Theorem 23. Let be a -semiring satisfying descending chain condition, let be a fuzzy subset of , and let be a -norm with . Let be a -fuzzy -hyperideal of . If a sequence of elements of is strictly increasing, then has finite number of values.

Proof. Let be a strictly increasing sequence of elements of . Then . Then, is an ideal of for all Let . Then , and so . Hence . Since , there exists such that . It follows that but . Thus, and so we obtain a strictly descending sequence of -hyperideals of which is not terminating. This contradicts the assumption that satisfies the descending chain condition. Consequently, has finite number of values.

Theorem 24. Let be a -semiring, be a fuzzy subset of , and be a -norm with . Then, the following conditions are equivalent: (1) is a Noetherian -semihyperring,(2)the set of values of any -hyperideal of is a well-ordered subset of .

Proof. : Let be a -fuzzy -hyperideal of . Suppose that the set of values of is not a well-ordered subset of . Then, there exists a strictly decreasing sequence such that . It follows that is a strictly ascending chain of -hyperideals of , where , for every . This contradicts the assumption that is a Noetherian -semihyperring.

: Suppose that the condition is satisfied and is not a Noetherian -hyperring. There exists a strictly ascending chain of -hyperideals of . Note that is a -hyperideal of . Define a fuzzy subset in by We claim that is a -fuzzy -hyperideal of . Let . If and , then and . It follows that and , for all . Suppose that and for all . Since is a -hyperideal of , it follows that . Hence, and so . Similarly, for the case and , we have and , for all . Thus, is a -fuzzy -hyperideal of . Since the chain is not terminating, has a strictly descending sequence of values. This contradicts the assumption that the value set of any ideal is well-ordered. Therefore, is a Noetherian -semihyperring.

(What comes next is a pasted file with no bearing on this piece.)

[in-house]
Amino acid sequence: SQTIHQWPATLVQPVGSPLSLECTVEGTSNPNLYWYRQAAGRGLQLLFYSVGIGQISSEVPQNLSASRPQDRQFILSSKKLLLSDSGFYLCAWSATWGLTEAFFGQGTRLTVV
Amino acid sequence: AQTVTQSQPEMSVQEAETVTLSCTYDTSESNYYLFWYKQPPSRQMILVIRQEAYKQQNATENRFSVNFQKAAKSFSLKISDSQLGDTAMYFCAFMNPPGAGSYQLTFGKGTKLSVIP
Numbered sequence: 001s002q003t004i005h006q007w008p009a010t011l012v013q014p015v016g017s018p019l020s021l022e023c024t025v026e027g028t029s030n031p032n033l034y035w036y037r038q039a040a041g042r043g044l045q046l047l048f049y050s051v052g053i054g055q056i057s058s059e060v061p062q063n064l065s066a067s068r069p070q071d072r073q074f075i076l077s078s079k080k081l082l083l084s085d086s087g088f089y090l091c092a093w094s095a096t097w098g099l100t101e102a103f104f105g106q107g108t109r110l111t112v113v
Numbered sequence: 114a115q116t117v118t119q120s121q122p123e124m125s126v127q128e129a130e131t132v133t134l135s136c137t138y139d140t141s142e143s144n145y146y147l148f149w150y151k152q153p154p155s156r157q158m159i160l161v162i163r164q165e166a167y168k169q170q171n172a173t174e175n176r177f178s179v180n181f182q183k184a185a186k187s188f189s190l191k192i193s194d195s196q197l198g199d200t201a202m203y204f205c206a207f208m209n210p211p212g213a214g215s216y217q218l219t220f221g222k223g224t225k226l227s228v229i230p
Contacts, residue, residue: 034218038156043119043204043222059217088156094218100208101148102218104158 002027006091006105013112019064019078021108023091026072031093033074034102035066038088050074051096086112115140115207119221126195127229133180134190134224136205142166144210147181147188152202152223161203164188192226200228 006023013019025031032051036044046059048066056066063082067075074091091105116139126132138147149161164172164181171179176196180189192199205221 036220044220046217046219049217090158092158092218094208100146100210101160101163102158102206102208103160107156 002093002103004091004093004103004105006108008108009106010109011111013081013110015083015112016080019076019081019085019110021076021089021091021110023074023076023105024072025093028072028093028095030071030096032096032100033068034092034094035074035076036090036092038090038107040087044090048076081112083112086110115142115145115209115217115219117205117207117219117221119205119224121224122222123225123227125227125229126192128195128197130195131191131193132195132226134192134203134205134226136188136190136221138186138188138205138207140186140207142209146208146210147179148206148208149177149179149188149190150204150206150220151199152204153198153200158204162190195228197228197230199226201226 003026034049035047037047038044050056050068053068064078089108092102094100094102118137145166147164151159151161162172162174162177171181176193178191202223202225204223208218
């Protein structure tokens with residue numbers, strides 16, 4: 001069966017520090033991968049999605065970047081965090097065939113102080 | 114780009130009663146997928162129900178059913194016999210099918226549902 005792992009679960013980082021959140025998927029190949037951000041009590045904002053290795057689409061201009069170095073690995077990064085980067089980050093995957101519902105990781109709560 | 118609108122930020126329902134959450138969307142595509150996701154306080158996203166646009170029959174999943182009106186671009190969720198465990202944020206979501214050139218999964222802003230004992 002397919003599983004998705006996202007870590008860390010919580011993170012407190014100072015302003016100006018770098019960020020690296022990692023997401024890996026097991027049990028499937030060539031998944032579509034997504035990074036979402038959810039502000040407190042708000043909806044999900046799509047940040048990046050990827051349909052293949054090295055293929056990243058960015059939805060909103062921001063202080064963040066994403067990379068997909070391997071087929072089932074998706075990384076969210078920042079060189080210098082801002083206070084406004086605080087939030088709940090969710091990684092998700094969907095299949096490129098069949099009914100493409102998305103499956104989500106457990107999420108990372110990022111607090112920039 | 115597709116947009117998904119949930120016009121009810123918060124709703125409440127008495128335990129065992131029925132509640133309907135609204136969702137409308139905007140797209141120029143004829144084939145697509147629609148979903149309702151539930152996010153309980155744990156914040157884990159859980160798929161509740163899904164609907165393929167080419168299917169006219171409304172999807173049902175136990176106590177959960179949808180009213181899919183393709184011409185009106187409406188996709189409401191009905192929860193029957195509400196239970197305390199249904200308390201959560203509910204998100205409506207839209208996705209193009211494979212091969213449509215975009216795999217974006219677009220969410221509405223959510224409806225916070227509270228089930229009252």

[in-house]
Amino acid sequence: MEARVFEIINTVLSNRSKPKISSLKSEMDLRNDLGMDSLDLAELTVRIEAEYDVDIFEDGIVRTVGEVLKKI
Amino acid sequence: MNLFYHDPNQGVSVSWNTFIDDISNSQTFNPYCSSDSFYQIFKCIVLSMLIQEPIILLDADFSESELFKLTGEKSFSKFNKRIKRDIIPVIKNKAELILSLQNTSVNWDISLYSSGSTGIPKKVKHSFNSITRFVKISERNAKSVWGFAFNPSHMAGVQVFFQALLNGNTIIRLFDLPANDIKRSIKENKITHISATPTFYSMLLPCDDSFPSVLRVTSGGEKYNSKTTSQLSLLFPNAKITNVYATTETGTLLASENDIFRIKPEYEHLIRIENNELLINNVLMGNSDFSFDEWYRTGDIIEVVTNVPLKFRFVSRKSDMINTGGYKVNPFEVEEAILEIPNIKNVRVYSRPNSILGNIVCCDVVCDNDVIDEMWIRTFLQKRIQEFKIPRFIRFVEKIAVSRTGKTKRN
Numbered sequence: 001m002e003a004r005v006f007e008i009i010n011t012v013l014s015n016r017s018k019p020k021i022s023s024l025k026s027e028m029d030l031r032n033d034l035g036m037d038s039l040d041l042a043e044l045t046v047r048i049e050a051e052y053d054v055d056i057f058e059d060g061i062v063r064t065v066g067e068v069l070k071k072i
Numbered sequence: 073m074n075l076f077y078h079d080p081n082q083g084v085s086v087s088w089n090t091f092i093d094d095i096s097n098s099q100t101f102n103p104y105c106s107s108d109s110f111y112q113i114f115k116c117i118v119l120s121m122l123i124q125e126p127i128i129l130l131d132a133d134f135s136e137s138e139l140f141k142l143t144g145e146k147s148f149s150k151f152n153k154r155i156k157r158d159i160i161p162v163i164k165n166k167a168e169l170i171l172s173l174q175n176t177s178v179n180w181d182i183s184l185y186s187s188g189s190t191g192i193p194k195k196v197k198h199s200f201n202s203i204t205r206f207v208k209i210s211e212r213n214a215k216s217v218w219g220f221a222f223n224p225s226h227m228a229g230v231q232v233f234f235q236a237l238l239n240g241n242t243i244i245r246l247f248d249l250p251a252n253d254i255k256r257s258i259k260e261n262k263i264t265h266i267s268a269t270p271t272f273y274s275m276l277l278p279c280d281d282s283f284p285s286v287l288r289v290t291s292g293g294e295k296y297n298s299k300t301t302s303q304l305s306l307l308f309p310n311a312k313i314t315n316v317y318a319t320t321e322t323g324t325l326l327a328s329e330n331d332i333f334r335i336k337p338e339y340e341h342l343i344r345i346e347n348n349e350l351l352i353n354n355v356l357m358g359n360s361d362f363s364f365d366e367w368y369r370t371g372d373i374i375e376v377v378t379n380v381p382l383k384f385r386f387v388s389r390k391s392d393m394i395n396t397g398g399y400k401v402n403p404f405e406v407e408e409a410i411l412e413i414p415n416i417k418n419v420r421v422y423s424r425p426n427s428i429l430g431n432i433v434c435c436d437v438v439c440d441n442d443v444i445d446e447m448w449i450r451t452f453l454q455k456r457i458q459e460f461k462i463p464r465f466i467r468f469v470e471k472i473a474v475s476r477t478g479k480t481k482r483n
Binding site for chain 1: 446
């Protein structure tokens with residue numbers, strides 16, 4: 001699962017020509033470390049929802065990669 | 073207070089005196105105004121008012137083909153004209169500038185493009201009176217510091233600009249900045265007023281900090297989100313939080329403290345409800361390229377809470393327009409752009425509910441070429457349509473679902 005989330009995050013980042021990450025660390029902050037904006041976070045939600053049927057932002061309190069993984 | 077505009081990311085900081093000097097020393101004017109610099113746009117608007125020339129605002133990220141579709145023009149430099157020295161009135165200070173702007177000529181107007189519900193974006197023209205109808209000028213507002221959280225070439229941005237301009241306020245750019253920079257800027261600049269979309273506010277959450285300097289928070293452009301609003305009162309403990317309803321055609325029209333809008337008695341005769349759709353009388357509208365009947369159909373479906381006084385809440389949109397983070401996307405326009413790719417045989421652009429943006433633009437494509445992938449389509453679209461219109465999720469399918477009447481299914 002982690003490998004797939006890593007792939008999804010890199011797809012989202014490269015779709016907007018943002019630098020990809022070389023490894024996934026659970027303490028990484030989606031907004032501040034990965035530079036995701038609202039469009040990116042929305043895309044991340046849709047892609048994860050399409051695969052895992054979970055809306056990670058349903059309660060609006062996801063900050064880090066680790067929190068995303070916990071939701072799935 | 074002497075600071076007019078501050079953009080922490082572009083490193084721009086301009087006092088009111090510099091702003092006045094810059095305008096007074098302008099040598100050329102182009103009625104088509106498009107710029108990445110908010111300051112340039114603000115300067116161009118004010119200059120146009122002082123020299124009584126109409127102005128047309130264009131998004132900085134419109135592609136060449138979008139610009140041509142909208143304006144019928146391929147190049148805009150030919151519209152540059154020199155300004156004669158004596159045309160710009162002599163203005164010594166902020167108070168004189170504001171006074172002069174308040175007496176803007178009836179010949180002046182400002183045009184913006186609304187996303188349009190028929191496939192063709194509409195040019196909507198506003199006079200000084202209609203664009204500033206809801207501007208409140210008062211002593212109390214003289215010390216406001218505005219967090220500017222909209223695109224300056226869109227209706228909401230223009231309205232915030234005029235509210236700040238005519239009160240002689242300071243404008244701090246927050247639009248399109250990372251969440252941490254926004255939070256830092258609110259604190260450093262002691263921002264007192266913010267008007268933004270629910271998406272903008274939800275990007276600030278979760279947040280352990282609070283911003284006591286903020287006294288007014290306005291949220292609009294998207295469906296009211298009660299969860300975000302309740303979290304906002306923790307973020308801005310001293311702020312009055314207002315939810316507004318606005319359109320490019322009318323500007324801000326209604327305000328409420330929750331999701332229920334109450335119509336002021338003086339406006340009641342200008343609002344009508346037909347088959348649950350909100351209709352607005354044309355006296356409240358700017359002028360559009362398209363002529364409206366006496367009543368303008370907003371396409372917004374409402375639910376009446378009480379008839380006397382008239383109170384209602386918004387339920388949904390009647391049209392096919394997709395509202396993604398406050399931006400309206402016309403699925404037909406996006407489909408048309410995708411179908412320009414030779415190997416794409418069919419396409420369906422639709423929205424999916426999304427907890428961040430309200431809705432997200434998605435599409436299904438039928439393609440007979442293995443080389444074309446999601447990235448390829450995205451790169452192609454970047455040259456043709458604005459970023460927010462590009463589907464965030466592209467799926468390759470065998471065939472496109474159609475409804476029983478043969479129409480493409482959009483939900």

For a family of fuzzy subsets in , we define the join and the meet as follows: for all , where is any index set.

Theorem 25. The family of -fuzzy -hyperideals in is a completely distributive lattice with respect to meet “ ” and join “ ”.

Proof. Since is a completely distributive lattice with respect to the usual ordering in , it is sufficient to show that and are -fuzzy -hyperideals of for family of -fuzzy -hyperideals of . For any , we have

Now, let and . Then Hence, and are -fuzzy -hyperideals of . This completes the proof.

Conflict of Interests

The authors declare that there is no conflict of interests regarding the publication of this paper.